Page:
Indoor air quality – Ventilation and Airtightness
A designed and commissioned ventilation system is required in all certified Home Performance Index homes.
We spend 90% of our time indoors and we need to be sure that the internal air is healthy. A build up of a heavy gas like carbon dioxide affects the little people first, as it sinks to the floor, reducing their cognitive functions and ability to learn. In fact without ventilation in an airtight home we can quickly get a toxic soup of radon, water vapour, Volatile organic compounds, odours and other nasties. We are not good at opening windows in Ireland.
Homes are becoming more and more airtight as standards of workmanship improve. It is still permitted under current building regulations Part F technical guidance document, to use trickle vents or a ‘hole in the wall’ as background ventilation. If the airtightness is better than a certain value the area of these vents need to be increased by 40% defeating the purpose of the airtightness. It may still be allowed in the building regulations but that does not make it good practice. For starters the uncomfortable drafts from the trickle vents or hole is wall leads occupiers to block up the ventilation meaning they are living in a sealed box and this first manifests itself as excessive condensation and mould growth.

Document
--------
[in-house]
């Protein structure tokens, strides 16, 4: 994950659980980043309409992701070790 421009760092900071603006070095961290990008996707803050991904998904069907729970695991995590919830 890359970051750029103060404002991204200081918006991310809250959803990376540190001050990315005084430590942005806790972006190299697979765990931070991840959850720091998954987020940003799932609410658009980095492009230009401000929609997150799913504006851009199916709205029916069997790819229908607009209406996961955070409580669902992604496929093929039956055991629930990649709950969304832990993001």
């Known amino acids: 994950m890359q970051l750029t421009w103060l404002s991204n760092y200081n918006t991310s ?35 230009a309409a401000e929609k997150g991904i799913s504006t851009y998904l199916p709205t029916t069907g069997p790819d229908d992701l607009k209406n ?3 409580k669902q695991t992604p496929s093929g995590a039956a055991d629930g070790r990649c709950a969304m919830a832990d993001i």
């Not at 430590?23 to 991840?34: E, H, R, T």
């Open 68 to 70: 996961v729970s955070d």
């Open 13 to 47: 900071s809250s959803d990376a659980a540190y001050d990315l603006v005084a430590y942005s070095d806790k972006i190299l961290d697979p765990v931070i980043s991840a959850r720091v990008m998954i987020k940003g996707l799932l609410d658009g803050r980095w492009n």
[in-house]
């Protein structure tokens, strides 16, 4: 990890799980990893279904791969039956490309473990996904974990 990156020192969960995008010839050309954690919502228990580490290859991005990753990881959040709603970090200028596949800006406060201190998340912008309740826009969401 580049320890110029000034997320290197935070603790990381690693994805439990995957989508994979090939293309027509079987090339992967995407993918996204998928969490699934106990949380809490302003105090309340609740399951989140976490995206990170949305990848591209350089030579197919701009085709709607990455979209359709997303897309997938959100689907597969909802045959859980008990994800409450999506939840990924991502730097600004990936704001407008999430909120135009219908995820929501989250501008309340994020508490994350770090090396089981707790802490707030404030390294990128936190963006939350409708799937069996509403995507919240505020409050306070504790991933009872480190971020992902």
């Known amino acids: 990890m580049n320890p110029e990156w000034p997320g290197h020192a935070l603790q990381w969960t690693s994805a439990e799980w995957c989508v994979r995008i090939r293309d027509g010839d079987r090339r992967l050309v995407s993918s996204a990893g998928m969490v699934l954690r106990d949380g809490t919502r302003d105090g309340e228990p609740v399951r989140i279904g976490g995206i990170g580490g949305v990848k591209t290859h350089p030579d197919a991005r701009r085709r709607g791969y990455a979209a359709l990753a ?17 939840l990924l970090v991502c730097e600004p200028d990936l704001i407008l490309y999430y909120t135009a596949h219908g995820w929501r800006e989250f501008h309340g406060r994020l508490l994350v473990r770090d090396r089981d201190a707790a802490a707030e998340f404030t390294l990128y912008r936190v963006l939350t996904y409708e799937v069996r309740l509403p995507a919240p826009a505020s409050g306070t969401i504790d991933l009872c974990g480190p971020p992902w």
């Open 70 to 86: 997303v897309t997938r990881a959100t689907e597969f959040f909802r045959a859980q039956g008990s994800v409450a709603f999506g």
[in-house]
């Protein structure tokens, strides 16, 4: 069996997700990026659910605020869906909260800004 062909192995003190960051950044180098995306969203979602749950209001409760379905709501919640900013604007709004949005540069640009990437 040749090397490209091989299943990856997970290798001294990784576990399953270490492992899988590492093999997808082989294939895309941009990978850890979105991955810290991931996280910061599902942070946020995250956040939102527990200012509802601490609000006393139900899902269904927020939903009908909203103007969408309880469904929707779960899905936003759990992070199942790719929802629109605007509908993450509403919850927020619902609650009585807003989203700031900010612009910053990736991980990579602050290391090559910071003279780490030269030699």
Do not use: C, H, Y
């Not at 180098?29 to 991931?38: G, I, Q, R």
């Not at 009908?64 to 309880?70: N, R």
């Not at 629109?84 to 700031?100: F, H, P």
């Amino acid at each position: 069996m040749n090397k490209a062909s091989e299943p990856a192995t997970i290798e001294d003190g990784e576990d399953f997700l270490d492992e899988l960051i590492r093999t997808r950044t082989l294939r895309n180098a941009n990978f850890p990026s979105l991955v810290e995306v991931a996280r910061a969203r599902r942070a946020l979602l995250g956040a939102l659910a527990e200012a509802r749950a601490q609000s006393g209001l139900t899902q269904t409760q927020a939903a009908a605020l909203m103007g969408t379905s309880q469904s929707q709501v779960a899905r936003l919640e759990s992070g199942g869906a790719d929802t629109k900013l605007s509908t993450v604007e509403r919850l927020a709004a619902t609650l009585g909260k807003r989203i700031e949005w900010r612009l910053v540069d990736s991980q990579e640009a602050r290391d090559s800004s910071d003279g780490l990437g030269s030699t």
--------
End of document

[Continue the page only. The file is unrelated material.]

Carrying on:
Sometimes home buyers and even some professionals find it hard to understand, why they should go to the bother of having a very air tight building and a ventilation system when you could just build a leaky building and skip the ventilation system.
However air tightness is one of the best indicators of the build quality and should be entirely separate issue to ventilation. Relying on leakiness for ventilation is bad practice as you can’t design bad workmanship. It also means uncontrolled means for air to come in, and for moist internal air to leave the building. In fact in a leaky building moist air could be condensing in the fabric of the house as it passes from the warm to the cold side of the structure, storing up future problems.
The solution is Build tight ventilate right! At the higher end we have Heat Recovery Ventilation, but there are also much cheaper and very effective solutions such as Demand Controlled Ventilation (DCV). However it is not enough to install the ventilation system, it needs to be tested to check that it is actually working which is why we also require commissioning certificates.
That is why we made this little video to explain air tightness and ventilation.